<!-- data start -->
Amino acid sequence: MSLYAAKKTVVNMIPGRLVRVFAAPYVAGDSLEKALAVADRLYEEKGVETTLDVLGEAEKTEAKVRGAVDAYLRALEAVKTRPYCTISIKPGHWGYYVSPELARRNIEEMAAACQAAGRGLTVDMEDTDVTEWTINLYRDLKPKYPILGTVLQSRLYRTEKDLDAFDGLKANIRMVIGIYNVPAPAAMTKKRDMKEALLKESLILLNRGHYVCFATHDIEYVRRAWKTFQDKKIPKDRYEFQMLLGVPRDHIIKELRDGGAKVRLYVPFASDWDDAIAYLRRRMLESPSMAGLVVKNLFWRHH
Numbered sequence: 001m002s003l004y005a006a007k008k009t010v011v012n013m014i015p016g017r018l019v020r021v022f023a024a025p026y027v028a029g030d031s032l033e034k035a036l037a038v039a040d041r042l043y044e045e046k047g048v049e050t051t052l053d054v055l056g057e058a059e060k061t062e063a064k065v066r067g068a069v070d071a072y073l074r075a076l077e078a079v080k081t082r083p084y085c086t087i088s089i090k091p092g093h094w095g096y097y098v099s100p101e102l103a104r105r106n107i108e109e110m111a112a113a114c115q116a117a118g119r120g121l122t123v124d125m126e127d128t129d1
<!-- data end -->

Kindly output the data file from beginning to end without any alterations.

Amino acid sequence: MSLYAAKKTVVNMIPGRLVRVFAAPYVAGDSLEKALAVADRLYEEKGVETTLDVLGEAEKTEAKVRGAVDAYLRALEAVKTRPYCTISIKPGHWGYYVSPELARRNIEEMAAACQAAGRGLTVDMEDTDVTEWTINLYRDLKPKYPILGTVLQSRLYRTEKDLDAFDGLKANIRMVIGIYNVPAPAAMTKKRDMKEALLKESLILLNRGHYVCFATHDIEYVRRAWKTFQDKKIPKDRYEFQMLLGVPRDHIIKELRDGGAKVRLYVPFASDWDDAIAYLRRRMLESPSMAGLVVKNLFWRHH
Numbered sequence: 001m002s003l004y005a006a007k008k009t010v011v012n013m014i015p016g017r018l019v020r021v022f023a024a025p026y027v028a029g030d031s032l033e034k035a036l037a038v039a040d041r042l043y044e045e046k047g048v049e050t051t052l053d054v055l056g057e058a059e060k061t062e063a064k065v066r067g068a069v070d071a072y073l074r075a076l077e078a079v080k081t082r083p084y085c086t087i088s089i090k091p092g093h094w095g096y097y098v099s100p101e102l103a104r105r106n107i108e109e110m111a112a113a114c115q116a117a118g119r120g121l122t123v124d125m126e127d128t129d1